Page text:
The inclusion of differentially assessed lands in urban growth model calibration: a comparison of two approaches using SLEUTH
This research sought to understand the role that differentially assessed lands (lands in the United States given tax breaks in return for their guarantee to remain in agriculture) play in influencing urban growth. Our method was to calibrate the SLEUTH urban growth model under two different conditions. The first used an excluded layer that ignored such lands, effectively rendering them available for development. The second treated those lands as totally excluded from development. Our hypothesis was that excluding those lands would yield better metrics of fit with past data. Our results validate our hypothesis since two different metrics that evaluate goodness of fit both yielded higher values when differentially assessed lands are treated as excluded. This suggests that, at least in our study area, differential assessment, which protects farm and ranch lands for tenuous periods of time, has indeed allowed farmland to resist urban development. Including differentially assessed lands also yielded very different calibrated coefficients of growth as the model tried to account for the same growth patterns over two very different excluded areas. Excluded layer design can greatly affect model behavior. Since differentially assessed lands are quite common through the United States and are often ignored in urban growth modeling, the findings of this research can assist other urban growth modelers in designing excluded layers that result in more accurate model calibration and thus forecasting.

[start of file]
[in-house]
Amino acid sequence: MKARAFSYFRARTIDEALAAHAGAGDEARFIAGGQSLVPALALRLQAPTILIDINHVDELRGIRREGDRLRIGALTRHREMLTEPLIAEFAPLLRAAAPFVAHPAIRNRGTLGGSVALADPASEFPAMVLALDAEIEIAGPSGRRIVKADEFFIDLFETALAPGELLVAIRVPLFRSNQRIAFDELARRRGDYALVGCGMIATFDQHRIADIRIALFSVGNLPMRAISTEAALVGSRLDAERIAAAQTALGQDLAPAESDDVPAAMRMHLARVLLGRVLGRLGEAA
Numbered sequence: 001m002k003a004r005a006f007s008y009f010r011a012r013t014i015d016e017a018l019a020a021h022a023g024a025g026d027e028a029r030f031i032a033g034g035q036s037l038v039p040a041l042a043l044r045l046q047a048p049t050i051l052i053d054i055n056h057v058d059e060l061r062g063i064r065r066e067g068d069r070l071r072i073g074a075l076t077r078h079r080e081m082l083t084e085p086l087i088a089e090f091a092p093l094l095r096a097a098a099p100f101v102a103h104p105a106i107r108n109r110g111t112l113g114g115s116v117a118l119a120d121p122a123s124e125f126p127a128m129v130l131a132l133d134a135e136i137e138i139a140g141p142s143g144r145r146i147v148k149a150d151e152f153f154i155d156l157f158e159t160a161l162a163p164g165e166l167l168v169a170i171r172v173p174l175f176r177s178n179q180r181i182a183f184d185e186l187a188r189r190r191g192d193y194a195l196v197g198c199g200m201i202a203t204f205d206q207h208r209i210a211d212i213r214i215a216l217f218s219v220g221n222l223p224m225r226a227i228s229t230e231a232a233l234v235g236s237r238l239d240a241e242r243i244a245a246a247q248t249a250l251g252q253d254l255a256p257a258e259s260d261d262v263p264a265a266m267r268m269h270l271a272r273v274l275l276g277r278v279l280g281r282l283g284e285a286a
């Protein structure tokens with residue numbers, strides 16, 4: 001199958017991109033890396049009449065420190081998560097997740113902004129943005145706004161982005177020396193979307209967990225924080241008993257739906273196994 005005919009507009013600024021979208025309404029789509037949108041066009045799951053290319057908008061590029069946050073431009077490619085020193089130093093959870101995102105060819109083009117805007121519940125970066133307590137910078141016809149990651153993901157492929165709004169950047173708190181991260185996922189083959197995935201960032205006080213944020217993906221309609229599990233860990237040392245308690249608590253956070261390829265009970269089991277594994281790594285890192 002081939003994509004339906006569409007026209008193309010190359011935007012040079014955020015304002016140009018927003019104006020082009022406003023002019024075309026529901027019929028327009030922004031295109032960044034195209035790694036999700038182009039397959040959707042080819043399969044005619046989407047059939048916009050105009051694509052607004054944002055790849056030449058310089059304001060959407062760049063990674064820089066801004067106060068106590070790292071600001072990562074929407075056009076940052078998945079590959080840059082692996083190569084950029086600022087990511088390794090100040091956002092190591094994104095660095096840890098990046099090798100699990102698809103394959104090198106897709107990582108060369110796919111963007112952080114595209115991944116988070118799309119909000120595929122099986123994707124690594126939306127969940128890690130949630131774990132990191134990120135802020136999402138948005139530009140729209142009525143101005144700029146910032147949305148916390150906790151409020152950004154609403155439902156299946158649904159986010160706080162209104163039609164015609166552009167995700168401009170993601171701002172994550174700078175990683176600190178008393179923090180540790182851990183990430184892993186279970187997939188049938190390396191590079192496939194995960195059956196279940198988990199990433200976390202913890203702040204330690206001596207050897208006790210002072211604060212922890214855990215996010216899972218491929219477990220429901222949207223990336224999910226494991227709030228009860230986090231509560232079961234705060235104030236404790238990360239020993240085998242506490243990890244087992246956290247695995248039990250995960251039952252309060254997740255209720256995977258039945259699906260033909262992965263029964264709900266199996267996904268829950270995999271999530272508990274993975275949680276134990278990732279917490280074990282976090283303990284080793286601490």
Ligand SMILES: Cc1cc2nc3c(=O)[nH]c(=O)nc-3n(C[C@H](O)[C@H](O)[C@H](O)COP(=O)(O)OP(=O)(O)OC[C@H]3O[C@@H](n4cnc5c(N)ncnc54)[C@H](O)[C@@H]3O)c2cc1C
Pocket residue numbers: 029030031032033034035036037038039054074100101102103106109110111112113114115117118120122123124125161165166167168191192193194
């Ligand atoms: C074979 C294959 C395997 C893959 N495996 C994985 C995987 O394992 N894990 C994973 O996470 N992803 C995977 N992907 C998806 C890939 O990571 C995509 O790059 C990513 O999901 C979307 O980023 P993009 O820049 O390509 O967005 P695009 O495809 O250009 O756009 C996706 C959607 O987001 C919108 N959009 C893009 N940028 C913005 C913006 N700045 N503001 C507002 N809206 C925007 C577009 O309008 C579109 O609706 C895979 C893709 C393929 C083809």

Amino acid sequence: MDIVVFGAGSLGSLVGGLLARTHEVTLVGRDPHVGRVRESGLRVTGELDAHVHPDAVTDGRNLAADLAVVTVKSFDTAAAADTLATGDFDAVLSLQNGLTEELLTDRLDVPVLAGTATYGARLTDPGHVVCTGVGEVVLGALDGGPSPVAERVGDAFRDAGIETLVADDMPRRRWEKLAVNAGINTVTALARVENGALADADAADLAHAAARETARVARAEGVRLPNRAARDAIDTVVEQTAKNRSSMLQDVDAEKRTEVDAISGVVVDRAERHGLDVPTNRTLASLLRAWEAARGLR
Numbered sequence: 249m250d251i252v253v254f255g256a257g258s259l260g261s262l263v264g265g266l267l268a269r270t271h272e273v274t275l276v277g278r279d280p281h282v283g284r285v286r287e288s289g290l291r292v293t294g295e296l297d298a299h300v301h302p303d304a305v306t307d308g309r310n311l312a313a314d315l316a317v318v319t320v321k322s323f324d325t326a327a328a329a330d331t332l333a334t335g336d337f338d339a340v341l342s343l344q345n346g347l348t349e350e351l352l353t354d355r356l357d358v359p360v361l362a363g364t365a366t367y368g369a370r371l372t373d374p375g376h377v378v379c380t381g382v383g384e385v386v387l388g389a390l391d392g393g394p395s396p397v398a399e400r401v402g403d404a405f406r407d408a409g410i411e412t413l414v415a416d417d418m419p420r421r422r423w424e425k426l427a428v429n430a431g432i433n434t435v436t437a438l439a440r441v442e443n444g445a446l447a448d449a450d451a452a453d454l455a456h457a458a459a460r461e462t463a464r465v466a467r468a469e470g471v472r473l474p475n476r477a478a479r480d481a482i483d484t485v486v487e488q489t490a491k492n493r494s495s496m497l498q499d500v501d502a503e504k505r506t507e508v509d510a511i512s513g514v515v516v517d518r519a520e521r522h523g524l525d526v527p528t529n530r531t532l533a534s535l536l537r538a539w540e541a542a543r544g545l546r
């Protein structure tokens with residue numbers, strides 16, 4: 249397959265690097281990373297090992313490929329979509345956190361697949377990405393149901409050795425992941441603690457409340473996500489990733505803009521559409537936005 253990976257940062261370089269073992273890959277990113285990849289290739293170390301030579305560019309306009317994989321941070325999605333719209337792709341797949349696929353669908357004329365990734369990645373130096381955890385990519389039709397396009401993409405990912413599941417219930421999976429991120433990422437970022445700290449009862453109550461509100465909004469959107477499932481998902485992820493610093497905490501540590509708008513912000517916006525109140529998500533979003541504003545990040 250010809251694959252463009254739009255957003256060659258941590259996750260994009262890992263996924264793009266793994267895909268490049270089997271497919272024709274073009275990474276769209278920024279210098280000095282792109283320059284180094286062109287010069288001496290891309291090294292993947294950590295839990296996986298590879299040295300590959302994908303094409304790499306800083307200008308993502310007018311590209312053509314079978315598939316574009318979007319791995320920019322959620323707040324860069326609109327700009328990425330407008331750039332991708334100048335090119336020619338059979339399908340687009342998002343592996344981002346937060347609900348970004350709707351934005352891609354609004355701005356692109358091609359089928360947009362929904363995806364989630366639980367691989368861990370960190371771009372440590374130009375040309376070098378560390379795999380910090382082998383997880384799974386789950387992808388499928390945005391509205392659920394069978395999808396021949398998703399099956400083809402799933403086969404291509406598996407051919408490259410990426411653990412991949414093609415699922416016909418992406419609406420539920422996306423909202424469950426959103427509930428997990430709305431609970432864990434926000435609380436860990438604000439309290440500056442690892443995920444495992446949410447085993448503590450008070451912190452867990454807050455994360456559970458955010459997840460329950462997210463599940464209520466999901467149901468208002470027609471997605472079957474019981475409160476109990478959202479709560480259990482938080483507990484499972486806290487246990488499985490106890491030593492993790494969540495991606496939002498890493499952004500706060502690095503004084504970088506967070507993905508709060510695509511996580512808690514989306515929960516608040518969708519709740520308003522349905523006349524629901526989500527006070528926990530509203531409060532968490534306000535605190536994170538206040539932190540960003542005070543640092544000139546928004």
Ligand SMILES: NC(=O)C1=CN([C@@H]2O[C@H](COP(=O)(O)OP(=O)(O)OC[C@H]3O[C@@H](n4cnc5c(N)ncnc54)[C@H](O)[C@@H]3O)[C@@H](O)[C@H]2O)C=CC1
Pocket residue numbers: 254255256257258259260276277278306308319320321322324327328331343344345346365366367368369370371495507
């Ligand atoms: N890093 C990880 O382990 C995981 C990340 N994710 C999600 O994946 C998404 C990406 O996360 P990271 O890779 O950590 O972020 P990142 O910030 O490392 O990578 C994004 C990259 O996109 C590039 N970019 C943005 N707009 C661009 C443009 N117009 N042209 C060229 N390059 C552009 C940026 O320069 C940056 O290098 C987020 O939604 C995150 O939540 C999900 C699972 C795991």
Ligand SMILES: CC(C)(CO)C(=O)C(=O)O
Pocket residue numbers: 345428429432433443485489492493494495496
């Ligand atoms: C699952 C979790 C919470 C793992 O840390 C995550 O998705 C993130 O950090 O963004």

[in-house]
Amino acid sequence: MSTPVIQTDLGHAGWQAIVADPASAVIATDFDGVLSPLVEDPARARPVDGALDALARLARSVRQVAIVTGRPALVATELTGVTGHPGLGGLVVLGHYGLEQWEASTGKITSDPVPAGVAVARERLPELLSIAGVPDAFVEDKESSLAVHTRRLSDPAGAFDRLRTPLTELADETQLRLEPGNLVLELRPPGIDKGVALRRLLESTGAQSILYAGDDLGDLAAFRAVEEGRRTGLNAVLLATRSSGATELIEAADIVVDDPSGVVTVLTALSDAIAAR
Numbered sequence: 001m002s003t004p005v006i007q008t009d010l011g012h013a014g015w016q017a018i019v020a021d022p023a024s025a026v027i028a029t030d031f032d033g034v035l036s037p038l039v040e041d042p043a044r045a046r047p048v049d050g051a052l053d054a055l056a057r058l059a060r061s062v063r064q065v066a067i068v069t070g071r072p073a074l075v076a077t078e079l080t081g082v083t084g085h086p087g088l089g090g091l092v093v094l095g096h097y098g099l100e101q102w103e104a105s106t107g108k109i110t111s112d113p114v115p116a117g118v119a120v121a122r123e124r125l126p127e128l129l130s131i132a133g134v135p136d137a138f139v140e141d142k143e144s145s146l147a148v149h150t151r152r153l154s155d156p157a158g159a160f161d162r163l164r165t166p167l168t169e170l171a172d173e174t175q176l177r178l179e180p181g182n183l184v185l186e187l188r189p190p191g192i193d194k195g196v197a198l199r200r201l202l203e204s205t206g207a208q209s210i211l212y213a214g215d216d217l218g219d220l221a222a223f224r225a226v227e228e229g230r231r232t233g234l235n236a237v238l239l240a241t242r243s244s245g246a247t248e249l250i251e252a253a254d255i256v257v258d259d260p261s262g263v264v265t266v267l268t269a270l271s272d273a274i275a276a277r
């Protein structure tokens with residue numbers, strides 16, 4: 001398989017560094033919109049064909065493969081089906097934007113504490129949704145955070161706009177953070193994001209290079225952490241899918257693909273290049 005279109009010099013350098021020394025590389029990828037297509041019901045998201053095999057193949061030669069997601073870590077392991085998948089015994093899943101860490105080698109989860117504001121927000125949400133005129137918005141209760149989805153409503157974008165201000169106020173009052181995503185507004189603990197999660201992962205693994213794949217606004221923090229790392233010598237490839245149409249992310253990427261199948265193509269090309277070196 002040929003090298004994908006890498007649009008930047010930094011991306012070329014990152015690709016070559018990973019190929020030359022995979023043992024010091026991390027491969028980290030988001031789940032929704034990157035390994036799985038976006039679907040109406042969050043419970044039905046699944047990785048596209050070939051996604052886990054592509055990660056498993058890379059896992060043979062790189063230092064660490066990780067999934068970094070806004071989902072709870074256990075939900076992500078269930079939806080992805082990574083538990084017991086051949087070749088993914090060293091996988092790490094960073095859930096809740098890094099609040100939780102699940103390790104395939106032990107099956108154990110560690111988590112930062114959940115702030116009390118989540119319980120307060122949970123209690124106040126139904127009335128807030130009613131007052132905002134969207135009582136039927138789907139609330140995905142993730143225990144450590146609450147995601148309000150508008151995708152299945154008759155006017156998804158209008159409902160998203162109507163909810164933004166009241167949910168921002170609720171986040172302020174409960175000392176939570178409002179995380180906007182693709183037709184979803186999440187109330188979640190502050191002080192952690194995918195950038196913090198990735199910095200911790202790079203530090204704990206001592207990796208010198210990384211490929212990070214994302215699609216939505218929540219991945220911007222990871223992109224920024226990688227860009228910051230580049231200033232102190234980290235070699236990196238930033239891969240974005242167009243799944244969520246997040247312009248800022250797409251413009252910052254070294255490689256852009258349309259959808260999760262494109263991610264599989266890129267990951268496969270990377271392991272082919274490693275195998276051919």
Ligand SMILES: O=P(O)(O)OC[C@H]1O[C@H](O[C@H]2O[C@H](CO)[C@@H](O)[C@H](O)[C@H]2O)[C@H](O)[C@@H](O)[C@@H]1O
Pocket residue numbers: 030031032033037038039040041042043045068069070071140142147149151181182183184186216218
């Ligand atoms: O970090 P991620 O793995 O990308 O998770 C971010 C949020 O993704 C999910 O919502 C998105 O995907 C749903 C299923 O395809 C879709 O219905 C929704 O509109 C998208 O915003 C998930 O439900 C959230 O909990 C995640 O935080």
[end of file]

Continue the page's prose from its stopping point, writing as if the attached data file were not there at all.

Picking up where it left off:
Onsted, J., K. Clarke. 2012. The inclusion of differentially assessed lands in urban growth model calibration: a comparison of two approaches using SLEUTH. International Journal of GIS 26: 881-898.
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